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Amtrek Looking to the past for answers

Amtrek has turned back the pages of history to learn how early innovators solved some of the same problems we confront today. What we've discovered may help bring Amtrek up to speed with the 20th century.

(Later, we'll worry about how to face the 21st Century.)

One way Amtrek may cut expenses is by reducing the physical size of tracks and rolling stock. Even many historians have forgotten that most early trains were quite small. In fact, the original transcontinental railroad was hardly bigger than today's "garden railway." This archive photo shows the famous meeting of the rails in 1869 at Exclamation Point, Colorado. President Grover Cleveland drives the bronze spike.

(The unidentified man on the left is Gordon Danfrey, President of the Atlantic Western Railway.)

Amtrek is reducing our dependence upon ticket revenue by carrying more freight. The problem? Not enough Express and baggage cars. This drawing (circa 1825) shows how we might use our rolling stock more efficiently by relocating Guest seating to the exterior of cars. (All mail and freight could be stowed safely inside coaches and sleepers, sheltered from the harsh elements.) According to newspaper accounts from that era, passengers found that the open-air seating provided "an unparalleled scenic vantage point and invigorating ride, especially in the chill winter months."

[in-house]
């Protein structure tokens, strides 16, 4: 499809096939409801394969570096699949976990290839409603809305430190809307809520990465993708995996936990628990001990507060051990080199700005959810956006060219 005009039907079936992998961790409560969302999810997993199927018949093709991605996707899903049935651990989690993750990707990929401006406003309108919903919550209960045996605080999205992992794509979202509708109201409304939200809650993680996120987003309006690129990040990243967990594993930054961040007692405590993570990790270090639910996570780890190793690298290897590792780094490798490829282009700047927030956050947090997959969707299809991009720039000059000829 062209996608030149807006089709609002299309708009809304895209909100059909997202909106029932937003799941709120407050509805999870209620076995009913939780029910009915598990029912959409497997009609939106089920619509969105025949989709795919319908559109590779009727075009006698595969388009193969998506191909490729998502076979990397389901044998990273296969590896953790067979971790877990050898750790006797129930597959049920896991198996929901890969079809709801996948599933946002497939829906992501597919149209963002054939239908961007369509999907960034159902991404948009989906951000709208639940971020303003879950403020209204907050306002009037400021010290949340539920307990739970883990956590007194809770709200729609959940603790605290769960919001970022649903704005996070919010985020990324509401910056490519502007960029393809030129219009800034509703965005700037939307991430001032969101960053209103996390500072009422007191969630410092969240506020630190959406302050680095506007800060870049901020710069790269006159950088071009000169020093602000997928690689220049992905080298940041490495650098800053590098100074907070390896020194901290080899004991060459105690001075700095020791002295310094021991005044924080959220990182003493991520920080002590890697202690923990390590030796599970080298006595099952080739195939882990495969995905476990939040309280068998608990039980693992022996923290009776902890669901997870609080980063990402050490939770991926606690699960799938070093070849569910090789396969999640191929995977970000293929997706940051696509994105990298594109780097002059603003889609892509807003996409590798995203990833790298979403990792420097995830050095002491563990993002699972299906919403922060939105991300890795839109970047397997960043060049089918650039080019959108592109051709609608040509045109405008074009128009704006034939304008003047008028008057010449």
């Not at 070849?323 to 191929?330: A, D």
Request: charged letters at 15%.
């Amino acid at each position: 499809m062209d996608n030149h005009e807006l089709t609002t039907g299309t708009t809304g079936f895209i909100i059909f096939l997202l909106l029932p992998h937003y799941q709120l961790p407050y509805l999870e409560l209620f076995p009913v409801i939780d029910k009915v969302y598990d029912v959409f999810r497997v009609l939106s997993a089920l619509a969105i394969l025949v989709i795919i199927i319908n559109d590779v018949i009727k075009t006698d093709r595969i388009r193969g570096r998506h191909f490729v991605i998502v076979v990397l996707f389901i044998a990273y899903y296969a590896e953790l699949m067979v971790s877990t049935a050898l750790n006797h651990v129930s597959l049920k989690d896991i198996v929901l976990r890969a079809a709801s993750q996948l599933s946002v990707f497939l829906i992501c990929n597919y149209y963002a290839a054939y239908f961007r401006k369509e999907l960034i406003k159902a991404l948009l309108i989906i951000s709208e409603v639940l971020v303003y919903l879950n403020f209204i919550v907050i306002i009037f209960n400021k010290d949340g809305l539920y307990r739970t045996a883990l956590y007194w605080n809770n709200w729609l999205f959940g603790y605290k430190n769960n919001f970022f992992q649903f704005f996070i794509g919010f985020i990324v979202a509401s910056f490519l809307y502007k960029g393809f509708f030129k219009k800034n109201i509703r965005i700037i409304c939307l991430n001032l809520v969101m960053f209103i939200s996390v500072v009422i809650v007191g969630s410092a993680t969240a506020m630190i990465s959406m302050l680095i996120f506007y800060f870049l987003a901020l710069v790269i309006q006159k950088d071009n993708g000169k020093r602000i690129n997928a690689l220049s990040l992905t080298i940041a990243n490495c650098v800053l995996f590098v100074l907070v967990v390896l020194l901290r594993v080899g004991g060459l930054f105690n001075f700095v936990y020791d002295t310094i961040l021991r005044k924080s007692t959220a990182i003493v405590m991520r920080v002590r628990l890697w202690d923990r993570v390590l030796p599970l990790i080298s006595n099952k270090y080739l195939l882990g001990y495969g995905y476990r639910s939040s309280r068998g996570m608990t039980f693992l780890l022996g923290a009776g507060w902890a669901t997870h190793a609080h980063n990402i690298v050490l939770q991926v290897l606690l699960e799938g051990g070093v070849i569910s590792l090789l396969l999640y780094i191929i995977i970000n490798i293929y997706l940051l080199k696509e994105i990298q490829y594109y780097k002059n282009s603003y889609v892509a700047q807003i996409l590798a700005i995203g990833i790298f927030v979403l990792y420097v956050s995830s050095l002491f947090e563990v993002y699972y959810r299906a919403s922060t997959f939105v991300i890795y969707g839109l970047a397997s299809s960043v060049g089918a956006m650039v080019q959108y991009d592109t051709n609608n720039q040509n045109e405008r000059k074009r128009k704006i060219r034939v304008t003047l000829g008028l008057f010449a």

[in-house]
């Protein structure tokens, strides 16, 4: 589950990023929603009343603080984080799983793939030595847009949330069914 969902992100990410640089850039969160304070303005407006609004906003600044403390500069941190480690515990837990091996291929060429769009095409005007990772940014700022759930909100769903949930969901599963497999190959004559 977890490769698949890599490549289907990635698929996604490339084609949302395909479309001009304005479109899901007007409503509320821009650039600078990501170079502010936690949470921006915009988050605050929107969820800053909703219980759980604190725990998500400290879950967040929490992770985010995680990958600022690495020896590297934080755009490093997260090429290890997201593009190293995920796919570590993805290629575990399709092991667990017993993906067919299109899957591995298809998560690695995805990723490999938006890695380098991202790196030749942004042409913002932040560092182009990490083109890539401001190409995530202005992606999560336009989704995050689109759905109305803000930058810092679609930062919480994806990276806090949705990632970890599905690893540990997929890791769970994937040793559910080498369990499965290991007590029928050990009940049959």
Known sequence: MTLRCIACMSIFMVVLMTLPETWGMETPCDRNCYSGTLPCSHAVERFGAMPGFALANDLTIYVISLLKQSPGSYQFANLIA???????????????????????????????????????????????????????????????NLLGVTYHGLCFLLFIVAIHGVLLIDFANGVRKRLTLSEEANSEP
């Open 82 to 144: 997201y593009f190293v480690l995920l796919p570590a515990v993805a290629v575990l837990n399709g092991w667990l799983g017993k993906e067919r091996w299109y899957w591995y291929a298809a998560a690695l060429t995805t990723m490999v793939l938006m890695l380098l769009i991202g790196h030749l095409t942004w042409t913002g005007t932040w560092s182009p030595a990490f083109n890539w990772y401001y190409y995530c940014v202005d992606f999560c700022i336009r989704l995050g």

When breakdowns occur, Amtrek trains often sit for hours while rescue engines are dispatched. This could be avoided by simply permitting Guests to assist in moving the stalled locomotive. After all, why delay an entire train when three or four sturdy women can do the job? This news photo shows several passengers pulling the disabled "Anthracite Limited" into Scranton, Pennsylvania in July 1934.

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Amtrek - Practice Makes Perfict

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